It's Friday night and I want to go to the movies. But, I don't know how to choose from fifteen or so movies before me. I can quickly knock out a few I don't want to see, leaving me with the final gems. How to decide? I check the reviews of my favorite critics.
Not everyone feels that way.
Actor Samuel L. Jackson of "Avengers: Age of Ultron" once took issue with New York Times film critic A.O. Scott. Jackson encouraged his Twitter followers to help Scott find a new job after Scott wrote the following in his review of the movie:
The secret of 'The Avengers' is that is is a snappy little dialogue comedy dressed up as something else, that something else being a giant A.T. M. for Marvel and its new studio overlords, the Walt Disney Company.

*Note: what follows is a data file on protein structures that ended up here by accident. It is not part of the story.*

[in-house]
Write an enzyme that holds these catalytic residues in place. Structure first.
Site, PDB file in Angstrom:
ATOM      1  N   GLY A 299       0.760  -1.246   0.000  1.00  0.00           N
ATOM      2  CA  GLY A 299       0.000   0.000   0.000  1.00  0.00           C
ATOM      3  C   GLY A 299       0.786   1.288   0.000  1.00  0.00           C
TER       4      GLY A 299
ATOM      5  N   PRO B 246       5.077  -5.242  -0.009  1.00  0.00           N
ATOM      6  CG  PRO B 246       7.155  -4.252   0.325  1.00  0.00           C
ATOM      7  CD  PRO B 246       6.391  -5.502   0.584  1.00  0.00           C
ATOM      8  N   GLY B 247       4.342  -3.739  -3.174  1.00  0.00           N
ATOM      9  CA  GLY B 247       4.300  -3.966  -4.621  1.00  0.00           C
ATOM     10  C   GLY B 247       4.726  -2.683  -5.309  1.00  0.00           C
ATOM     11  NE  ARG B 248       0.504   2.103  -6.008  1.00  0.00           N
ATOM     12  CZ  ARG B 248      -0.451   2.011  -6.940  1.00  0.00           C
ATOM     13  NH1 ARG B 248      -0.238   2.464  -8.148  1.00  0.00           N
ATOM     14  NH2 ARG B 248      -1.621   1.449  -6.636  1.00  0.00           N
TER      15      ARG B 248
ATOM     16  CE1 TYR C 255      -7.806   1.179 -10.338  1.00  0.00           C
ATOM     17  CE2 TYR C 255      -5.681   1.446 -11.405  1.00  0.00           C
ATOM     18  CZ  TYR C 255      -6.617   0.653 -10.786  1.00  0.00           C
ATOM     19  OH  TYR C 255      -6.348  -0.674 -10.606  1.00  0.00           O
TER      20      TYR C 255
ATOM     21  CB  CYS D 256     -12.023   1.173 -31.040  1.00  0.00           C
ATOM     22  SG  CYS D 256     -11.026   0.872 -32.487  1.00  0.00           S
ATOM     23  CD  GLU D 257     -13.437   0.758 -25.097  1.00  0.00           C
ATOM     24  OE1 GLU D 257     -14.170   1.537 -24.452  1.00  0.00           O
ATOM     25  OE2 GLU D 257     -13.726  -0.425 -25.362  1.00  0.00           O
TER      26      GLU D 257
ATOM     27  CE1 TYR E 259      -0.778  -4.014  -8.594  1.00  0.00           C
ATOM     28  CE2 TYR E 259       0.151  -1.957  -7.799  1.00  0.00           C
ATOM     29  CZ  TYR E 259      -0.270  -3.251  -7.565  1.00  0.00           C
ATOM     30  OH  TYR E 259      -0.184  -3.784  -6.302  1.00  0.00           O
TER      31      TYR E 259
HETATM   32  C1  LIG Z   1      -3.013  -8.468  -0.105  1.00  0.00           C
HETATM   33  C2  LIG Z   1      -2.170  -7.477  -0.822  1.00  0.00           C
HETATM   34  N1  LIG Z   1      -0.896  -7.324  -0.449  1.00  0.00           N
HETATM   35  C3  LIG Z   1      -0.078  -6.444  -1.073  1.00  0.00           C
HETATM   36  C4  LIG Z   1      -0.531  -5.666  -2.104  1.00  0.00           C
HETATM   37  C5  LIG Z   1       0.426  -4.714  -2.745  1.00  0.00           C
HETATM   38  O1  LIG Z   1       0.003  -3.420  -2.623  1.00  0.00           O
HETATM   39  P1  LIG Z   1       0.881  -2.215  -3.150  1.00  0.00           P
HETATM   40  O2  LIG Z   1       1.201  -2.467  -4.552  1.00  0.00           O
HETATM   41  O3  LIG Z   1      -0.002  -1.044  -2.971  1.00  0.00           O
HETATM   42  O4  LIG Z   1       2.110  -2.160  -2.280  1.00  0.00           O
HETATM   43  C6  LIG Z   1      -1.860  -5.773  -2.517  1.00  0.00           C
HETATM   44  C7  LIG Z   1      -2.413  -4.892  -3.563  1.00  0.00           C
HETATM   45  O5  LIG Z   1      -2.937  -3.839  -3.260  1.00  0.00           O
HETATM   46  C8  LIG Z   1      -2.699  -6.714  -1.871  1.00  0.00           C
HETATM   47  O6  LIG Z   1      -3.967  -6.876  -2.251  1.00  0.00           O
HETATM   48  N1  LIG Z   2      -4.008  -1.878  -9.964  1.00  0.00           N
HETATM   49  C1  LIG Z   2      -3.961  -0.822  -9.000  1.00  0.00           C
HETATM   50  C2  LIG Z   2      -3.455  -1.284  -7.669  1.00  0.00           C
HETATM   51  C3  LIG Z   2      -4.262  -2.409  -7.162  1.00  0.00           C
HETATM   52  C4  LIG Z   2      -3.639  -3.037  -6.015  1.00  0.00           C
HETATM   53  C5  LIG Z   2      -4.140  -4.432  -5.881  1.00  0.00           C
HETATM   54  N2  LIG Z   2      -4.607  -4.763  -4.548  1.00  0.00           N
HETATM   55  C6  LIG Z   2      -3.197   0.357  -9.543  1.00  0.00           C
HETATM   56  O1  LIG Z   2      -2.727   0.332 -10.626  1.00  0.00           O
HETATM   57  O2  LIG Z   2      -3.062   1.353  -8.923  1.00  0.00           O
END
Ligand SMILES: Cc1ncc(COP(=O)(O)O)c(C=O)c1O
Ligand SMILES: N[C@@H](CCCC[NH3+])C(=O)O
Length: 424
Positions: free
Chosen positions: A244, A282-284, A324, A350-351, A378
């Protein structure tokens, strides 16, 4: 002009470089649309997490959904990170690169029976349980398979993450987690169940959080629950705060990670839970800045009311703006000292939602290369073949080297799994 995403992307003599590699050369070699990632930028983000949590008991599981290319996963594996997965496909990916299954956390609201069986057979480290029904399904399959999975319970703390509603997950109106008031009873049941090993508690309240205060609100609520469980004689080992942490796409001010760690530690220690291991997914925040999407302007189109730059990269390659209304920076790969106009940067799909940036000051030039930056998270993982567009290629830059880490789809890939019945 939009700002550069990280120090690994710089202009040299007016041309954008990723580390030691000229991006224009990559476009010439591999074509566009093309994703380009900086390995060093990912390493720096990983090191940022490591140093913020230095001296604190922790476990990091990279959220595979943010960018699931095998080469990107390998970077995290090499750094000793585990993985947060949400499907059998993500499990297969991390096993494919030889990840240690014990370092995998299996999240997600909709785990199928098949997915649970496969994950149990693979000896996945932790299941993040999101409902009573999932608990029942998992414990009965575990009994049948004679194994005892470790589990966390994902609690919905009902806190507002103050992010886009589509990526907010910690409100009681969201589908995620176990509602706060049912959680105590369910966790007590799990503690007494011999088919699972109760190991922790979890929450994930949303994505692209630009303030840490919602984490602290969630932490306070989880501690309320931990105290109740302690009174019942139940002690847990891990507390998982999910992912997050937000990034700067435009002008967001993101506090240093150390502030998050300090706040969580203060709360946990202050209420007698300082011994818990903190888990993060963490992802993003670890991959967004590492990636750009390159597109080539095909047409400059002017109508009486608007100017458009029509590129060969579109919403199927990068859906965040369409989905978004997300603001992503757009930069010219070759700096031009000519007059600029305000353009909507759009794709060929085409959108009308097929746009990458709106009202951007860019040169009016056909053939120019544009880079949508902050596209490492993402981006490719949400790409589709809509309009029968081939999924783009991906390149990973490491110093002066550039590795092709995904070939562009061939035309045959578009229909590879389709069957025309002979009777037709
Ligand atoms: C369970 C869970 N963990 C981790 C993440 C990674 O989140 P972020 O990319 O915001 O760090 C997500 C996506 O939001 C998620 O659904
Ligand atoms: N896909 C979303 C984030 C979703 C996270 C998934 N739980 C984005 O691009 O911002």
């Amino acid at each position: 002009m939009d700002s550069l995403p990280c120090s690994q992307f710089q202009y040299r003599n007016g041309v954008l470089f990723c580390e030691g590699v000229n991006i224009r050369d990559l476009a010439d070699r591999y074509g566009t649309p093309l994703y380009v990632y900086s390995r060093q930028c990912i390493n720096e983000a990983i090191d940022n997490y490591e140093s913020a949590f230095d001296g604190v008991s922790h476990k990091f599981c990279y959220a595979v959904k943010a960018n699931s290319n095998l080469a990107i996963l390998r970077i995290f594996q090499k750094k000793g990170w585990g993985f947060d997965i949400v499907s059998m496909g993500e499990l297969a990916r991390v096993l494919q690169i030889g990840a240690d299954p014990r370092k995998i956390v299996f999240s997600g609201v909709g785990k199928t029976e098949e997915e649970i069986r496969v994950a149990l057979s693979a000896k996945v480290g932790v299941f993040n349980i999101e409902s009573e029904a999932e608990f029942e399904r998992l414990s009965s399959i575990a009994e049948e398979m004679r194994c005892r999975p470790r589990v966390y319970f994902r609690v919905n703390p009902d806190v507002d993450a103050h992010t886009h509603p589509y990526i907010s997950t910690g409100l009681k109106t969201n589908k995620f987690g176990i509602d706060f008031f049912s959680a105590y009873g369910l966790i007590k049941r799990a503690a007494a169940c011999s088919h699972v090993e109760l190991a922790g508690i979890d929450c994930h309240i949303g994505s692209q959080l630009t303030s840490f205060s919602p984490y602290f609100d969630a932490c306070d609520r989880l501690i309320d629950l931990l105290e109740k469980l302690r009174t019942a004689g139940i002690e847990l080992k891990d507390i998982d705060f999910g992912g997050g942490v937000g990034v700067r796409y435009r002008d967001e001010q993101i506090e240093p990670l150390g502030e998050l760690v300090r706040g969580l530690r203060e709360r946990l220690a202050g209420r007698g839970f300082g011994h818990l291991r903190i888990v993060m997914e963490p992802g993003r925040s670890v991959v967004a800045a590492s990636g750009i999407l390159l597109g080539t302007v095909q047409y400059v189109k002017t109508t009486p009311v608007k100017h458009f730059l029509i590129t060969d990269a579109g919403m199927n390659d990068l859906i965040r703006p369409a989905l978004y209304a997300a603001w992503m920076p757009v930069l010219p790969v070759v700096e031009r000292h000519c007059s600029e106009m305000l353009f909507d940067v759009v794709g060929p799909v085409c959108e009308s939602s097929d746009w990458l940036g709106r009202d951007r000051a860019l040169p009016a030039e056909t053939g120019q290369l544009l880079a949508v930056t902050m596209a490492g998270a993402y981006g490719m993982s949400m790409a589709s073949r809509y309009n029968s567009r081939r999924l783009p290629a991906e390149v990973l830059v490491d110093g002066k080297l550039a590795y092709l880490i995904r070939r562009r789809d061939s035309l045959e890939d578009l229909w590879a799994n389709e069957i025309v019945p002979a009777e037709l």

Such is the life of a professional critic, often seen through a refracted lens as both an indispensable and erudite thinker and a parasite on artistic creativity. We can't live with - or without - them.
At its best, criticism is a democratic undertaking - an endless conversation with friends, within your own head, and with professional critics who inspire us to think deeply about what we experience in art.
But, in this digital age where Yelp and Amazon can drown out the voice of the professional critic, what differentiates the professional from the amateur?
- A.O. Scott - Co-chief film critic for the New York Times and the author of Better Living Through Criticism: How to Think About Art, Pleasure, Beauty, and Truth
- Michael Riedel - Theater columnist for the New York Post, co-host with Susan Haskins of 'Theater Talk,' author of Razzle Dazzle: The Battle for Broadway.
- Carrie Rickey - Film critic and writer, former film critic for The Philadelphia Inquirer
Colin McEnroe, Betsy Kaplan, Chion Wolf, and Greg Hill contributed to this show.